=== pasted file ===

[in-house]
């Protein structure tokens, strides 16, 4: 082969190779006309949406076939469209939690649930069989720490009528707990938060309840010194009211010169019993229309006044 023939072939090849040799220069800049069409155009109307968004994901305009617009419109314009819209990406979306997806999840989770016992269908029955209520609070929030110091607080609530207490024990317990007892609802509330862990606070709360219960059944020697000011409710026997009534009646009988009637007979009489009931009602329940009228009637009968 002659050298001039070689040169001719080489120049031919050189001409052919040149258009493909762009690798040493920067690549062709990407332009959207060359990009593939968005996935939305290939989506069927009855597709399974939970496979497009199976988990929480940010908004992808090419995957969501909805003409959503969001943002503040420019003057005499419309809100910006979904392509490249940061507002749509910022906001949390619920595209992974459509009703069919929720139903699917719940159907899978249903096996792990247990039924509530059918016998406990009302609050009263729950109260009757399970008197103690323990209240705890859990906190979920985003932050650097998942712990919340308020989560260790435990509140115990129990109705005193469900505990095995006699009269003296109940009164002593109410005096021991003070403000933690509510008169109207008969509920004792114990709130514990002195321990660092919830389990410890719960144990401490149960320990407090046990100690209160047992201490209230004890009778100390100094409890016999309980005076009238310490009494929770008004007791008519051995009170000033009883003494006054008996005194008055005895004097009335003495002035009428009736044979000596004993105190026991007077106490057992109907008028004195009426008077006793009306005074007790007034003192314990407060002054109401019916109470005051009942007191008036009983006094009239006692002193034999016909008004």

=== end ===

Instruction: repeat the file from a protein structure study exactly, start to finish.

[in-house]
């Protein structure tokens, strides 16, 4: 082969190779006309949406076939469209939690649930069989720490009528707990938060309840010194009211010169019993229309006044 023939072939090849040799220069800049069409155009109307968004994901305009617009419109314009819209990406979306997806999840989770016992269908029955209520609070929030110091607080609530207490024990317990007892609802509330862990606070709360219960059944020697000011409710026997009534009646009988009637007979009489009931009602329940009228009637009968 002659050298001039070689040169001719080489120049031919050189001409052919040149258009493909762009690798040493920067690549062709990407332009959207060359990009593939968005996935939305290939989506069927009855597709399974939970496979497009199976988990929480940010908004992808090419995957969501909805003409959503969001943002503040420019003057005499419309809100910006979904392509490249940061507002749509910022906001949390619920595209992974459509009703069919929720139903699917719940159907899978249903096996792990247990039924509530059918016998406990009302609050009263729950109260009757399970008197103690323990209240705890859990906190979920985003932050650097998942712990919340308020989560260790435990509140115990129990109705005193469900505990095995006699009269003296109940009164002593109410005096021991003070403000933690509510008169109207008969509920004792114990709130514990002195321990660092919830389990410890719960144990401490149960320990407090046990100690209160047992201490209230004890009778100390100094409890016999309980005076009238310490009494929770008004007791008519051995009170000033009883003494006054008996005194008055005895004097009335003495002035009428009736044979000596004993105190026991007077106490057992109907008028004195009426008077006793009306005074007790007034003192314990407060002054109401019916109470005051009942007191008036009983006094009239006692002193034999016909008004």